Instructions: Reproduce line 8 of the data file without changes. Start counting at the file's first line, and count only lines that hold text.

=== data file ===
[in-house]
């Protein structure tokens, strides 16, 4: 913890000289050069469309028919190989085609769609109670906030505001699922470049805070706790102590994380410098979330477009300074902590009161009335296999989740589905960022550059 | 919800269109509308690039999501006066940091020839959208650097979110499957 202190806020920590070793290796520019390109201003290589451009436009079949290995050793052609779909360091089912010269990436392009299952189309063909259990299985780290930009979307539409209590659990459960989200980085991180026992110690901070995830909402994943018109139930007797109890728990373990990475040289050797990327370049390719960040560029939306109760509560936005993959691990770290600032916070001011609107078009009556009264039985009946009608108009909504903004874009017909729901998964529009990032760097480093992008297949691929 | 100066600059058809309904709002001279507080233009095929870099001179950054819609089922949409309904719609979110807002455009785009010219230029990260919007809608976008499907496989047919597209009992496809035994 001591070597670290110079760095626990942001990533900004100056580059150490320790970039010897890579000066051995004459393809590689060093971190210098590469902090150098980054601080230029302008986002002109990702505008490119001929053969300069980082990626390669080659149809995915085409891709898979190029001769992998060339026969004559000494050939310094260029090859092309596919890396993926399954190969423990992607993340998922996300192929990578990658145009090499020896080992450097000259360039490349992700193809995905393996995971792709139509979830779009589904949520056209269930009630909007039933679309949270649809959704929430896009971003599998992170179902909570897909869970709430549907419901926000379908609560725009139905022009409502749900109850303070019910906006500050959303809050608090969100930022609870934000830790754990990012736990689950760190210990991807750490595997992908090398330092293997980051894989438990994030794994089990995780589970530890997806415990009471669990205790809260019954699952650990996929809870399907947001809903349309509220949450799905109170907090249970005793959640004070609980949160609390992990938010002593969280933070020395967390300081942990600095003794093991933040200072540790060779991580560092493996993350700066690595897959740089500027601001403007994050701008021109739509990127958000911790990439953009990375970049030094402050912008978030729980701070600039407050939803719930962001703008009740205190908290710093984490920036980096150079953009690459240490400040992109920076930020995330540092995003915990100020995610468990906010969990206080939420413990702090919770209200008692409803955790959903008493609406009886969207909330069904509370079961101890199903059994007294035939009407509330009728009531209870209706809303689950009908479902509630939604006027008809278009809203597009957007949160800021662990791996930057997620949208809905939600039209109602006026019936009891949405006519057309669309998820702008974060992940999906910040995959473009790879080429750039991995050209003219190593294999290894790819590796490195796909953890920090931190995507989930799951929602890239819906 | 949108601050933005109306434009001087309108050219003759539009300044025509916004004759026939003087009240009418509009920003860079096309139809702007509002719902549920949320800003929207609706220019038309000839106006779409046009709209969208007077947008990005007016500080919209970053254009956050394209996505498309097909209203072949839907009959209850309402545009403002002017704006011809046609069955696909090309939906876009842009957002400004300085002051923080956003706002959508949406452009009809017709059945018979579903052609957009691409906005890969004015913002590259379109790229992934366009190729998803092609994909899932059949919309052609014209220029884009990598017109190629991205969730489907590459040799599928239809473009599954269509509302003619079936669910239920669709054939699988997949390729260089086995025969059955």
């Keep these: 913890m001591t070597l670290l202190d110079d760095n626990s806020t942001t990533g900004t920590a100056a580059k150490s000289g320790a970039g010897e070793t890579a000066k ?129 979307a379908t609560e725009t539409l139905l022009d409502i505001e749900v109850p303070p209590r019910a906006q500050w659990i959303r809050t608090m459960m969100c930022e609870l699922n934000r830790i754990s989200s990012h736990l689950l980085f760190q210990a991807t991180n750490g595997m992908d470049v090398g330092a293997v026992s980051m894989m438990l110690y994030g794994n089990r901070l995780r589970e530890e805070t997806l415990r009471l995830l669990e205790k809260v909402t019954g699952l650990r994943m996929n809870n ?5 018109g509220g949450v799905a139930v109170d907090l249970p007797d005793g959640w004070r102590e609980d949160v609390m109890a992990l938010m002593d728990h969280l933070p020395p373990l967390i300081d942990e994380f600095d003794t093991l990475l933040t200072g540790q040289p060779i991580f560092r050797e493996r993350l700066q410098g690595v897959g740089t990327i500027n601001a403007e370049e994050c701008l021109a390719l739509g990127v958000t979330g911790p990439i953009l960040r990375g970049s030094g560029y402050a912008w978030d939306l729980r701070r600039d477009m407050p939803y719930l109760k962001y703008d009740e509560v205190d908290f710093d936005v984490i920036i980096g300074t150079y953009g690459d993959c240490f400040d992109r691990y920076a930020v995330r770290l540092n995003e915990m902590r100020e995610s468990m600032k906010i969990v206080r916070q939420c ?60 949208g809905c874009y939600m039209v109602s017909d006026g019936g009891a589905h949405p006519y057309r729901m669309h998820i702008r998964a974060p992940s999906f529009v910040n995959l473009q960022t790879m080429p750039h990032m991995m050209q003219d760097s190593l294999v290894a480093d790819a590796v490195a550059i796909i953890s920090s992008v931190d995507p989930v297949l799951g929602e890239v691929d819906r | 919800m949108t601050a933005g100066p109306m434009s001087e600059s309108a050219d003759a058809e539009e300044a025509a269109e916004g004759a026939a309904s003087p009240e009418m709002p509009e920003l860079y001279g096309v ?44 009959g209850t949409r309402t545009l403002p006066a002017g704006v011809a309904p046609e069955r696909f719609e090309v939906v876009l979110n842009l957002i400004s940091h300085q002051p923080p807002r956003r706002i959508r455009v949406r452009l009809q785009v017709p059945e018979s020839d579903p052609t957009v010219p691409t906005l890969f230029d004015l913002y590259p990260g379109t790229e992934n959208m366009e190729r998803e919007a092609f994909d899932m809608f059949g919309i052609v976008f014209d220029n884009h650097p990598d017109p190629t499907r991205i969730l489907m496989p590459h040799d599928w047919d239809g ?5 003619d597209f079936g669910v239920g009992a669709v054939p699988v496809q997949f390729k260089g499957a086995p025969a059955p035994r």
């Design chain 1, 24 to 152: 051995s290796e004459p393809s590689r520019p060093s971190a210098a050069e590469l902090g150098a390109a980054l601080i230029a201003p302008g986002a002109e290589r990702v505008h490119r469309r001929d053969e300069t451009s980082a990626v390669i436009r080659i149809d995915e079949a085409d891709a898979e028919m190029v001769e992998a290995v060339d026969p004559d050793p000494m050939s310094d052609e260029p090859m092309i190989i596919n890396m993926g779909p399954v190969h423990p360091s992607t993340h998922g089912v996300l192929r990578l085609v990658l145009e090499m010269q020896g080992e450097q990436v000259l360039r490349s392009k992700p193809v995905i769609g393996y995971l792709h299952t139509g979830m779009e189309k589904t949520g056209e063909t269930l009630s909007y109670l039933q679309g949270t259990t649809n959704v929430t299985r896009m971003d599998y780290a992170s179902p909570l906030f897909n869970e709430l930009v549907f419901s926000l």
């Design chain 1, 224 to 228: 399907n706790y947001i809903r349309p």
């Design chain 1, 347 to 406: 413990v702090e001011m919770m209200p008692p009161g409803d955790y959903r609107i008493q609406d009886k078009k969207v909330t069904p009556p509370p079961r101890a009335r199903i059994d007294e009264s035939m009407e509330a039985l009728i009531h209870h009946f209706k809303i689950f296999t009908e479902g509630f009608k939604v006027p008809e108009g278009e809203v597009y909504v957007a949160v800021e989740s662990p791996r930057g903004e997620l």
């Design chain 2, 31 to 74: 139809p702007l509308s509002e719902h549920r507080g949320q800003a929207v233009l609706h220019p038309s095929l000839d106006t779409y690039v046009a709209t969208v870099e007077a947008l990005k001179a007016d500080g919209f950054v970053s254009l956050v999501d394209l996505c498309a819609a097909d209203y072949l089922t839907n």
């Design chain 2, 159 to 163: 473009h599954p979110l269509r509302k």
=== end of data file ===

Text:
């Design chain 2, 159 to 163: 473009h599954p979110l269509r509302k």